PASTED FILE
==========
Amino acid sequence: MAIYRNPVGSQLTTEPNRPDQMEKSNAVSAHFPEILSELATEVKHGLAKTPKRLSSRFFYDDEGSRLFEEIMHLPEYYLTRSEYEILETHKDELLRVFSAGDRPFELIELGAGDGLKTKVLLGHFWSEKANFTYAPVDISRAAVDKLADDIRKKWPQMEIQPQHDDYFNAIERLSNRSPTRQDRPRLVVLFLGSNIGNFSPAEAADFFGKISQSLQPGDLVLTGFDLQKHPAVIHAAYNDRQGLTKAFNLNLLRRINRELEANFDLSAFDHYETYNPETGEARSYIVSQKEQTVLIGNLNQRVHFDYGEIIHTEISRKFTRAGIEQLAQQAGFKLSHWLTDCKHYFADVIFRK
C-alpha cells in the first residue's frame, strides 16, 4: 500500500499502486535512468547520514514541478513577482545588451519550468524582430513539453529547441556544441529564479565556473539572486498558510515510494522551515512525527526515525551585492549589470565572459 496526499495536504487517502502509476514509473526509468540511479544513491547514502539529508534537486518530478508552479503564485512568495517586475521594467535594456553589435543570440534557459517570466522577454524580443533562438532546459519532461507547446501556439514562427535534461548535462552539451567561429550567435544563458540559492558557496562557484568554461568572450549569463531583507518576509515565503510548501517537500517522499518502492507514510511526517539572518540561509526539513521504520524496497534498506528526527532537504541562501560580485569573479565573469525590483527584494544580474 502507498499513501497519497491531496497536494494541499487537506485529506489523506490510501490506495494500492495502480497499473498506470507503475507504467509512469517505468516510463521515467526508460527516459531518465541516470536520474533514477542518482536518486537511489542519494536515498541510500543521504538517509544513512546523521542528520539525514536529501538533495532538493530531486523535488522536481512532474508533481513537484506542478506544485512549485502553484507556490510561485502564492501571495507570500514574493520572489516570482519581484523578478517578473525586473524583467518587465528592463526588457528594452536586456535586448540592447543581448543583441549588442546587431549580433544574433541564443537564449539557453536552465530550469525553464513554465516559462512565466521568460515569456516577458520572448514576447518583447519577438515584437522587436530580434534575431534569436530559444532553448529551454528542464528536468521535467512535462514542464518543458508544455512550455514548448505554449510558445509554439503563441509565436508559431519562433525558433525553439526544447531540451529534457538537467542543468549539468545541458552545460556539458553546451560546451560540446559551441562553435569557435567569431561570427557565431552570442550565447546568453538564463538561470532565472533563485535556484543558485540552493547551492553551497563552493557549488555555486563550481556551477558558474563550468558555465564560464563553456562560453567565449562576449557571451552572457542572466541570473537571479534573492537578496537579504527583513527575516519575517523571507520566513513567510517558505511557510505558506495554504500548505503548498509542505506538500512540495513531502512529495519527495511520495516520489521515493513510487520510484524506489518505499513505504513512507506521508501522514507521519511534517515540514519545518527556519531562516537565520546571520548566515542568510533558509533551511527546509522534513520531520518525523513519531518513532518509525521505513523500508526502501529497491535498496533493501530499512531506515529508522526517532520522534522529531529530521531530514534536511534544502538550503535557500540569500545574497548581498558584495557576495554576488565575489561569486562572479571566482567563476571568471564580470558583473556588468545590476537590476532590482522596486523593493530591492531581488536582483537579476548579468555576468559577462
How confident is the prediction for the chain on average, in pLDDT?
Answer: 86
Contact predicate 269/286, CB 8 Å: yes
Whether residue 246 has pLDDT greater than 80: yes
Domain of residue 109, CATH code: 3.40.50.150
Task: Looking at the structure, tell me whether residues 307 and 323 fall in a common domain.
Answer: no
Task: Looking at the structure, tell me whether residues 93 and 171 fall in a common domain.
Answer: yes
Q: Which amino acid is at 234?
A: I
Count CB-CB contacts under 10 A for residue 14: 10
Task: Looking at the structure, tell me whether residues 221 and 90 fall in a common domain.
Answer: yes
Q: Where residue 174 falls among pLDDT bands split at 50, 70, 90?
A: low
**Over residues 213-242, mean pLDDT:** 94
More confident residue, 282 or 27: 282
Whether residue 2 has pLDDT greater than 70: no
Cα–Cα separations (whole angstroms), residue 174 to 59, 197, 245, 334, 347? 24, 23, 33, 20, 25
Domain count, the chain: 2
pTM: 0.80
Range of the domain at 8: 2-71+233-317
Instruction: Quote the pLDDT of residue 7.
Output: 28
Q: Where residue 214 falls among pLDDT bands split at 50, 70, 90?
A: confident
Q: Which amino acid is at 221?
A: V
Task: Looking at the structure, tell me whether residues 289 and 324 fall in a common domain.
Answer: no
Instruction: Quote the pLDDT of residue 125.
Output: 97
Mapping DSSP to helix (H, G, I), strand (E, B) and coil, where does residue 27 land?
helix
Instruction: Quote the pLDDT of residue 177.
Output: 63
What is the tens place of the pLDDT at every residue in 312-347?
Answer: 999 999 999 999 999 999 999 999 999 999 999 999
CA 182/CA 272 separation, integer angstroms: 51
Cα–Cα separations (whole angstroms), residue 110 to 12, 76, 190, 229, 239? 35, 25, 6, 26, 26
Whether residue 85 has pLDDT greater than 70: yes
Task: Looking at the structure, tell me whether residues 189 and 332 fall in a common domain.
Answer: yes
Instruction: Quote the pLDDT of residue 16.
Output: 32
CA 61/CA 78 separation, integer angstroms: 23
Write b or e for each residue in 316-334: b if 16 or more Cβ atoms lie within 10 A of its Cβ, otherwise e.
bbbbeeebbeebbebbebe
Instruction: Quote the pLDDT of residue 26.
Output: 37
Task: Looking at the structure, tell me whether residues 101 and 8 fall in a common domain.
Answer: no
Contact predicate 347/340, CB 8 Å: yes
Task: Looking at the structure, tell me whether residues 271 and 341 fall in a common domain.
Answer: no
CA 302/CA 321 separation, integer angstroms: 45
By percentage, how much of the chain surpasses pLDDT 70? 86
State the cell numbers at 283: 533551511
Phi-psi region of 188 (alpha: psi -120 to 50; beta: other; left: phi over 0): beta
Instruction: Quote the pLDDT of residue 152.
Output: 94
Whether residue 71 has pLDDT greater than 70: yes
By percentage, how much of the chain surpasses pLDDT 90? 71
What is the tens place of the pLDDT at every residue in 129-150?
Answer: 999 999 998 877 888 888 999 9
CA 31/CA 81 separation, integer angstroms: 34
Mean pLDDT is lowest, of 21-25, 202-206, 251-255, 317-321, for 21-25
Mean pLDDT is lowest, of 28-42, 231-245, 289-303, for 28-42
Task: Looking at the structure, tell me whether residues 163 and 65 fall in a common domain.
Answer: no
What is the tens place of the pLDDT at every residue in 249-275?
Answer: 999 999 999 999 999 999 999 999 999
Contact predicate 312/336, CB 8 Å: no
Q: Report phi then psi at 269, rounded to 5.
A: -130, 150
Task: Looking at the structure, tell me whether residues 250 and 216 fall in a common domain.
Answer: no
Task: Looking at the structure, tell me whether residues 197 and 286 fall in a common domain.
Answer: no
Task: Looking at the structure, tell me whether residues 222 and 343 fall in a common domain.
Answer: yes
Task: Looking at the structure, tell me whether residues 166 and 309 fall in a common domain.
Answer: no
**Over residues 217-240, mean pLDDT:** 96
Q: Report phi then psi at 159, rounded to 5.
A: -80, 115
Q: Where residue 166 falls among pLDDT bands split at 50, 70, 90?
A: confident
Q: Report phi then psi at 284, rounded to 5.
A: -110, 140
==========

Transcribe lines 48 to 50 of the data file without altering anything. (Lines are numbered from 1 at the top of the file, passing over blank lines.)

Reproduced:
Output: 32
CA 61/CA 78 separation, integer angstroms: 23
Write b or e for each residue in 316-334: b if 16 or more Cβ atoms lie within 10 A of its Cβ, otherwise e.